South Sudanese President Salva Kiir (R) is seen with South Sudan's exiled rebel leader Riek Machar in Juba, capital of South Sudan, Sept. 9, 2019. Riek Machar arrived in Juba on Monday for face-to-face talks with President Salva Kiir. President Kiir and Machar are expected to discuss and reevaluate progress and challenges facing the revitalized peace deal they signed in September 2018 in Ethiopia to end more than five years of conflict. (Xinhua Denis Elamu)
South Sudanese President Salva Kiir (R) is seen with South Sudan's exiled rebel leader Riek Machar in Juba, capital of South Sudan, Sept. 9, 2019. Riek Machar arrived in Juba on Monday for face-to-face talks with President Salva Kiir. President Kiir and Machar are expected to discuss and reevaluate progress and challenges facing the revitalized peace deal they signed in September 2018 in Ethiopia to end more than five years of conflict. (Xinhua Denis Elamu)

South Sudanese experts on Monday urged President Salva Kiir and his newly appointed first vice president Riek Machar to rebuild lost trust and confidence during the three-year transition period.

Kiir last week reappointed Machar, leader of the main-opposition group Sudan People’s Liberation Movement-In-Opposition (SPLM-IO) who had been fighting Kiir’s government since the outbreak of conflict in December 2013. The two leaders are currently locked in a discussion on ministerial appointments within the transitional unity government after Kiir also reappointed two deputy presidents including Taban Deng Gai, James Wani Igga, and two other newcomers Rebecca Nyandeng De Mabior and Hussein Abdelbagi Akol.

Jacob Chol, professor of politics at University of Juba told Xinhua that the reappointment of Machar after he fled Juba during renewed violence in July 2016 augurs well for peace in the country.”What we should look at now is that the two leaders should build confidence in one another to be able to ensure that they run through the three years of the transitional period. It means, that business should not be as usual as in (July) 2016, it should change in terms of ensuring that the leaders do not allow any hardliners in between,” said Chol in Juba. “They should always build consensus on whatever they talk about, they should build a relationship that is cordial and friendly,” he added.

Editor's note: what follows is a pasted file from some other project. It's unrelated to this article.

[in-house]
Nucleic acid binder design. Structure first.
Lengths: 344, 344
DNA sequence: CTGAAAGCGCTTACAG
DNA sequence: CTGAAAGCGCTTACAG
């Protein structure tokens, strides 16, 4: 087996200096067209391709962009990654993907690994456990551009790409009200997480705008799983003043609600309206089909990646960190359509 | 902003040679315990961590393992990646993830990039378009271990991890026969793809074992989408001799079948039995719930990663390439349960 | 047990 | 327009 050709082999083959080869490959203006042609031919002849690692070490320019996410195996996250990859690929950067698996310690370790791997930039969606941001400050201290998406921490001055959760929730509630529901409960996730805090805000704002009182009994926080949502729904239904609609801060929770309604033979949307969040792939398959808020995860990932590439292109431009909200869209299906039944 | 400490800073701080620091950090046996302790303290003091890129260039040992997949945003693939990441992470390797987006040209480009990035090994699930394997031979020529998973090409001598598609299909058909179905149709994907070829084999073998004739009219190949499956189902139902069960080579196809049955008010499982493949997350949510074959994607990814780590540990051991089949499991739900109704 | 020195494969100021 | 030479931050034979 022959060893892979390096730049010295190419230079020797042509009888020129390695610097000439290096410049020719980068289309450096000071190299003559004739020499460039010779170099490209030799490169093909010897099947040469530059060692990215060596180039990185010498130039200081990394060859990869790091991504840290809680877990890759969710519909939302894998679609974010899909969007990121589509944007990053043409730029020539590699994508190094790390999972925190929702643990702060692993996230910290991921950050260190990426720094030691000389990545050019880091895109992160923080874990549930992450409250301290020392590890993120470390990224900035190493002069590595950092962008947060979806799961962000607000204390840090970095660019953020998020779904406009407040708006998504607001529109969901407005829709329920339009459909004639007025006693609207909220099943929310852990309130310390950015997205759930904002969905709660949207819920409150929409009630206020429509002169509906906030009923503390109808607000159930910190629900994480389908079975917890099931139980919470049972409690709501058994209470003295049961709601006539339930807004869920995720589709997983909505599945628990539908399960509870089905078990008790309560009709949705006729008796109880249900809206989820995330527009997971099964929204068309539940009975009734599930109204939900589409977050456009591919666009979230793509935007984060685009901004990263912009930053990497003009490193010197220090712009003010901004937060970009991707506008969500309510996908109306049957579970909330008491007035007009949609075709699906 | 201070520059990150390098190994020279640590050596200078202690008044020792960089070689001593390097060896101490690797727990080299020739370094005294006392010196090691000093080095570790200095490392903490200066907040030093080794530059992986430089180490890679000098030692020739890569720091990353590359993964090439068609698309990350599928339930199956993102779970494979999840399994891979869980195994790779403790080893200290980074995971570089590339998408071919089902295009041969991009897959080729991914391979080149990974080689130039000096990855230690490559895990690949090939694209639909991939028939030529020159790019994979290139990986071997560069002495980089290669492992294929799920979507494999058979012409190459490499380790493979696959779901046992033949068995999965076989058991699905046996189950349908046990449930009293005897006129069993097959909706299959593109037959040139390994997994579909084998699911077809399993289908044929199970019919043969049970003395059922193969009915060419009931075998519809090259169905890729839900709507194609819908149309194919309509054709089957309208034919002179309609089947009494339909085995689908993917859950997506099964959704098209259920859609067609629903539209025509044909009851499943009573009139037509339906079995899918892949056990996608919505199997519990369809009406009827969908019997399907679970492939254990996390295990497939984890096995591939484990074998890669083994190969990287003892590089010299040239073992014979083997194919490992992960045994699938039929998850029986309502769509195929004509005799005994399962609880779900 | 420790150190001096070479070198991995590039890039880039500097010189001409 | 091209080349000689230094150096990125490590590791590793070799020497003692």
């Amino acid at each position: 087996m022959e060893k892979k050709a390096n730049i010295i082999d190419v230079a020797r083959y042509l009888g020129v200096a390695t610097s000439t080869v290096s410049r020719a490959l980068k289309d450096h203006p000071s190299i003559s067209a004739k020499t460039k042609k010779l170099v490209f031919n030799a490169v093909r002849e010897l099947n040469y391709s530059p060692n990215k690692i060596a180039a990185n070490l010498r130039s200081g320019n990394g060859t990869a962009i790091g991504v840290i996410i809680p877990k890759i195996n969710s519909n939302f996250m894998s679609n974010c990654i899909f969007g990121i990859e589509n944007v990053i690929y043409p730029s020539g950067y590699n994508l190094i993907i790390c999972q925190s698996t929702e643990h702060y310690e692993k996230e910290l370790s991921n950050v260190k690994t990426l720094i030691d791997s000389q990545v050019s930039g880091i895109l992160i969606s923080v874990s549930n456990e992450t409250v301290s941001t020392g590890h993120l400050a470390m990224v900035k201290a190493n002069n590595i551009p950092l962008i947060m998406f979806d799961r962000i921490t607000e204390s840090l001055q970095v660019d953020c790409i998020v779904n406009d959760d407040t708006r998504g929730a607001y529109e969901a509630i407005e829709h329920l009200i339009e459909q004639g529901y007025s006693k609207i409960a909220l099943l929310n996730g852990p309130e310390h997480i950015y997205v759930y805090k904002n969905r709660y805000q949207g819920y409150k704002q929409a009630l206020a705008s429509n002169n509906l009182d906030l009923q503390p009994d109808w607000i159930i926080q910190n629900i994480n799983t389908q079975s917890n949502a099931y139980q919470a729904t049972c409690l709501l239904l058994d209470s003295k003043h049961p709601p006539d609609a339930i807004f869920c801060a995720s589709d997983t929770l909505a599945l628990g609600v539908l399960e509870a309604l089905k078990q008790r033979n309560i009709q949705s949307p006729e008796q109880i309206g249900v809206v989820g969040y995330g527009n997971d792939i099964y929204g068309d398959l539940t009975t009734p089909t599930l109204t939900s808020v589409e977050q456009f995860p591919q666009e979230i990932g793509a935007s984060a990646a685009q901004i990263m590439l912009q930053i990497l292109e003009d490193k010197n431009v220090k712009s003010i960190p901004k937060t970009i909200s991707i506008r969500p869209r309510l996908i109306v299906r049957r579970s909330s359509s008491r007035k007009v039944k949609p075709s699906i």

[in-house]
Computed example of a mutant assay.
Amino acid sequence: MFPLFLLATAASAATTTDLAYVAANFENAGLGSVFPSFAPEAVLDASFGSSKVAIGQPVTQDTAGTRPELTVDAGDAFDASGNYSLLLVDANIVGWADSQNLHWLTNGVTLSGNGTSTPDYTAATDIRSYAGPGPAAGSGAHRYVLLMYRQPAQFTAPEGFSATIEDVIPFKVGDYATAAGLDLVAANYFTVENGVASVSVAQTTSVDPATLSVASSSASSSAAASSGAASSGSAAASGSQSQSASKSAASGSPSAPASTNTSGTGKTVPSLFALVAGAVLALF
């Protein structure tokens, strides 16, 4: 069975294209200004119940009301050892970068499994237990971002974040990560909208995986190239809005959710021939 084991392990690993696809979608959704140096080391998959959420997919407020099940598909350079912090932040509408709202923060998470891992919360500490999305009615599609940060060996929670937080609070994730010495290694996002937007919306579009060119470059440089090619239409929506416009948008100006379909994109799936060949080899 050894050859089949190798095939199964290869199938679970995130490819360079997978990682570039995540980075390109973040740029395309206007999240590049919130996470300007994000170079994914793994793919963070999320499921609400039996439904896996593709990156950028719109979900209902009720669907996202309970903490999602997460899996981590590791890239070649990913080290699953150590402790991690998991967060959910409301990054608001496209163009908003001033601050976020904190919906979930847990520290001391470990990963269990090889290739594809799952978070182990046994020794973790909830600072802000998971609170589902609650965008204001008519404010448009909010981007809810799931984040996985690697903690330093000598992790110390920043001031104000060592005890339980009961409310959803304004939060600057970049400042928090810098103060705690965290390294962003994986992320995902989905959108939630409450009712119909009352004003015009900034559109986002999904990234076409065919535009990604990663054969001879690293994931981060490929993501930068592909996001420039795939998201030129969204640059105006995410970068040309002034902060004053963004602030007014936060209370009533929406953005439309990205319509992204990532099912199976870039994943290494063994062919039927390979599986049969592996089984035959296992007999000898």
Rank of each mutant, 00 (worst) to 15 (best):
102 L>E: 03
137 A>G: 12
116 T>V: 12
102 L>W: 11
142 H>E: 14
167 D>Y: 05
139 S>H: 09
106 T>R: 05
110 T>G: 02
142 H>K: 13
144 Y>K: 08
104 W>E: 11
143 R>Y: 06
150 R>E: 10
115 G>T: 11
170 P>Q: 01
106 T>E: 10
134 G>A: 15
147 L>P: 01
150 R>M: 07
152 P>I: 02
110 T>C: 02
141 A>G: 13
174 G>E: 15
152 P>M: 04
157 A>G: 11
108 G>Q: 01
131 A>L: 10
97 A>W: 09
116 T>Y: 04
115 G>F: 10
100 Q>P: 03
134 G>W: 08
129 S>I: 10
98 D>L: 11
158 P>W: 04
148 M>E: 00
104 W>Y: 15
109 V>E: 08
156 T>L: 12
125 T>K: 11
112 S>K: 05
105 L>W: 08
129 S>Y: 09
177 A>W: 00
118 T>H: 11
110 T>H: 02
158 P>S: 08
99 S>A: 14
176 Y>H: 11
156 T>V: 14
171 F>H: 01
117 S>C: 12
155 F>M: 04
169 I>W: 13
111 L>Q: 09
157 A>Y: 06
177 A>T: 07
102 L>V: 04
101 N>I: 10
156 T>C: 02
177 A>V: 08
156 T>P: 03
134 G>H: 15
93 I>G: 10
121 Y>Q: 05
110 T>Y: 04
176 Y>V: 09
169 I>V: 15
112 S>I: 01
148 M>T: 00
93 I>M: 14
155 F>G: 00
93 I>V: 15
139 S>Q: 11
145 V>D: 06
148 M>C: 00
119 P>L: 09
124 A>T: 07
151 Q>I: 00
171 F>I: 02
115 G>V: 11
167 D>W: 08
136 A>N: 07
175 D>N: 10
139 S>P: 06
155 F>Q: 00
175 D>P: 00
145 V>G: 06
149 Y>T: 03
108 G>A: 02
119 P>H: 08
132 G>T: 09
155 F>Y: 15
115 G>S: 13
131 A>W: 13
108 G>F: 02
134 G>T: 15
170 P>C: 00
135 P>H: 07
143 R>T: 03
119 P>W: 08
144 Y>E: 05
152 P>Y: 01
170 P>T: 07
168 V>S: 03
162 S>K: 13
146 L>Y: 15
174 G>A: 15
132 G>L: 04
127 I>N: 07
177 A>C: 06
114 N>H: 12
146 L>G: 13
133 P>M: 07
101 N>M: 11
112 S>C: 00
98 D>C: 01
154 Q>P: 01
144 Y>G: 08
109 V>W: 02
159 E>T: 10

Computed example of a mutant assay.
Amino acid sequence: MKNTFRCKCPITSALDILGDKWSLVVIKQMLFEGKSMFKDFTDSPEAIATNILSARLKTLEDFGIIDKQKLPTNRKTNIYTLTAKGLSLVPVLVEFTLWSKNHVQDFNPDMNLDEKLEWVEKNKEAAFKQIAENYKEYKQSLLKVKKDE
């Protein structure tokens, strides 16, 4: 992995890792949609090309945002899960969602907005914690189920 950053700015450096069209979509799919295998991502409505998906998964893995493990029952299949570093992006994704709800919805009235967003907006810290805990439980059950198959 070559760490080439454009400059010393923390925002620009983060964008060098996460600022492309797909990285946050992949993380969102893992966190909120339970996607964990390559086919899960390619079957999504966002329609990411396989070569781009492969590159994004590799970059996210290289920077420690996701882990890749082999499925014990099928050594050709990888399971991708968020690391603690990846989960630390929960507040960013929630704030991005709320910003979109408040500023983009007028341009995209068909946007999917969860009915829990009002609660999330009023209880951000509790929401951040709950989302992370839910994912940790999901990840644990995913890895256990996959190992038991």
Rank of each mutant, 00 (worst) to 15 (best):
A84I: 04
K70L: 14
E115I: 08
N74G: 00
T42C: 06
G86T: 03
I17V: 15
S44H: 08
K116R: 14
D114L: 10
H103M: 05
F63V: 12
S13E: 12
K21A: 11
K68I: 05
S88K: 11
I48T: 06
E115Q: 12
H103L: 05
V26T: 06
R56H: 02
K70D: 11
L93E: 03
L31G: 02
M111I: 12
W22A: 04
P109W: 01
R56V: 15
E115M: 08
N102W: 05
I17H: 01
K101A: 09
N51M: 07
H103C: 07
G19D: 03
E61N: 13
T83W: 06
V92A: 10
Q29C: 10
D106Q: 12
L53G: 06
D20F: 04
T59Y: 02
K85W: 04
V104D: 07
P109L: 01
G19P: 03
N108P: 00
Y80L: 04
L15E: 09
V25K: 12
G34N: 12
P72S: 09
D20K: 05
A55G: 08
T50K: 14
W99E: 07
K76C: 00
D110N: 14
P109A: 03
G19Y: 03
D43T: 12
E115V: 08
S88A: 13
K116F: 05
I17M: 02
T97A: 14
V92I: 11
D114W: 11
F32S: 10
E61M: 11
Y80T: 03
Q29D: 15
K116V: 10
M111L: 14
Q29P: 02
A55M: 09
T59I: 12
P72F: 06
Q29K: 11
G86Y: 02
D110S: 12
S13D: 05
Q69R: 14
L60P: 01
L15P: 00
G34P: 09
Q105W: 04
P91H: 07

The expert noted that the decision of the former warring parties to recently compromise on the issue of the number of the states, has helped push them forward to resolve pending issues within the 2018 revitalized peace agreement. “The issue of skepticism about power struggle between the two leaders has been there, but South Sudanese have learned a hard lesson, that if we don’t implement this peace agreement or if the leaders don’t implement this agreement on time, that cannot be very good for the country and for them,” added Chol. Chol added that when South Sudanese got their independence in 2011, the challenge faced by post-independence leadership was that they concentrated on state-building and forgot nation-building, which has been the major cause of the 2013 crisis.”The nation are the communities, tribal groups, so when these tribal communities were not built through reconciliation, and empowerment, these nations when conflict began at the level of the leaders especially on their disagreement, these nations got themselves involved into trying to support their own leaders because they themselves were not empowered,” said Chol. “The United Nations came in with a concept of building South Sudanese people as a state, and later on they came and said they wanted to build a state and they forgot the people. They realized that the state itself cannot be engineered without people being engineered,” he added.